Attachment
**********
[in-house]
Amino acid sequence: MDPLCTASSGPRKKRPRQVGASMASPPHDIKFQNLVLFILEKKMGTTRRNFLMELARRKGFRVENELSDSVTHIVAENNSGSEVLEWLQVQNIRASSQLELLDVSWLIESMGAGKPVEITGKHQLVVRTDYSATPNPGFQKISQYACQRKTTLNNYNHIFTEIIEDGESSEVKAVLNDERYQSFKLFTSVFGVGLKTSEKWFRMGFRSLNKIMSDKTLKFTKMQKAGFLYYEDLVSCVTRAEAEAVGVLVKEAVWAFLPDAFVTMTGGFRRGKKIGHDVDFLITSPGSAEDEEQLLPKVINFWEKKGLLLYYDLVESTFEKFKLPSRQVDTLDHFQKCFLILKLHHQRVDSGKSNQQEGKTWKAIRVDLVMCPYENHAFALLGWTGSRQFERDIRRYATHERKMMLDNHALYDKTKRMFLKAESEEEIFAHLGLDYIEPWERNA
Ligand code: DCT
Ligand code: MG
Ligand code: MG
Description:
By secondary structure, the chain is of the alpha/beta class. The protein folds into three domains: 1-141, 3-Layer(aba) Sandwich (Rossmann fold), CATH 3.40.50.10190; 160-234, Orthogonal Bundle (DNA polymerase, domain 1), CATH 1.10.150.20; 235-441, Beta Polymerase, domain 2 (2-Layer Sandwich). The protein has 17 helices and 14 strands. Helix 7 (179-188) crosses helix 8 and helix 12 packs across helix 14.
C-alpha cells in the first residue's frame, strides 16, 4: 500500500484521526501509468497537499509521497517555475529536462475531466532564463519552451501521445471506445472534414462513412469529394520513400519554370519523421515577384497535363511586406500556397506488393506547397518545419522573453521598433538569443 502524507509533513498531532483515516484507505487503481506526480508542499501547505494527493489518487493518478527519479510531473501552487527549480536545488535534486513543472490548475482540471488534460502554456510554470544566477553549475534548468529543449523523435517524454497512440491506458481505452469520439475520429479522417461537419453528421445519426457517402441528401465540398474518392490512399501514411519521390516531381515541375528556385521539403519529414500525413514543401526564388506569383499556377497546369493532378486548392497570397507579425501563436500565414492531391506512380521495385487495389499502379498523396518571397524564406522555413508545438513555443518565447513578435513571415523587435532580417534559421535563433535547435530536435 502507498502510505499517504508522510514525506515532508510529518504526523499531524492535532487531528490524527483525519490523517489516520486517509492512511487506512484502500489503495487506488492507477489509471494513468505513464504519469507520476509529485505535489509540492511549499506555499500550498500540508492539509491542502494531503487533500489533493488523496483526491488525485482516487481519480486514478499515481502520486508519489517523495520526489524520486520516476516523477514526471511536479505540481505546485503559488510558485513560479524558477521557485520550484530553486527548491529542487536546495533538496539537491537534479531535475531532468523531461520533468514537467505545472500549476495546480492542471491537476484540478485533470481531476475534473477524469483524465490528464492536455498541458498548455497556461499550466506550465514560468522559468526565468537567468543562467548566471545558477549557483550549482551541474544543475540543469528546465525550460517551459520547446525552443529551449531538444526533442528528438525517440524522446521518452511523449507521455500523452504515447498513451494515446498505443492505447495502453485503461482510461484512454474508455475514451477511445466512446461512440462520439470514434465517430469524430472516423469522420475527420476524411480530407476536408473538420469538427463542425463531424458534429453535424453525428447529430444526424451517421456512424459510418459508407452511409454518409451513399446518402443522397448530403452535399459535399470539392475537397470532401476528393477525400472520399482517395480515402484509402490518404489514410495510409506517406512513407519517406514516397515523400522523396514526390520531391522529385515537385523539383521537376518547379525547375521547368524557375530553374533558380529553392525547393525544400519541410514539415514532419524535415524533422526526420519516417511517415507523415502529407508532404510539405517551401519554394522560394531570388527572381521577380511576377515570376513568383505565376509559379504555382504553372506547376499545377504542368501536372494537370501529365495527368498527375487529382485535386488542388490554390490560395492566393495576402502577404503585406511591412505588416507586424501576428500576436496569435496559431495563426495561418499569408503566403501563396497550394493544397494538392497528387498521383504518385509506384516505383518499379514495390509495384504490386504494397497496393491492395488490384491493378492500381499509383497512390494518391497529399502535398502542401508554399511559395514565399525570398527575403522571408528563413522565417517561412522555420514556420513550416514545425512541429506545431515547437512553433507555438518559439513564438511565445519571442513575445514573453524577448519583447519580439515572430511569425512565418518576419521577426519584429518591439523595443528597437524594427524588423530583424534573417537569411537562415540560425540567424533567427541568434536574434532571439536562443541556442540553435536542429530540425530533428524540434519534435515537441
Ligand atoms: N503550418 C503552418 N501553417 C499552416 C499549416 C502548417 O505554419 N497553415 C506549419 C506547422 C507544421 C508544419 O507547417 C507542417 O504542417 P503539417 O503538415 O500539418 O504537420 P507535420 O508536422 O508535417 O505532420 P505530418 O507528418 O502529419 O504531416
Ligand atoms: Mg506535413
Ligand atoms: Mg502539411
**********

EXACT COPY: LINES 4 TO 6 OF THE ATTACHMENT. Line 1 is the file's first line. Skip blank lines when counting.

Ligand code: MG
Ligand code: MG
Description: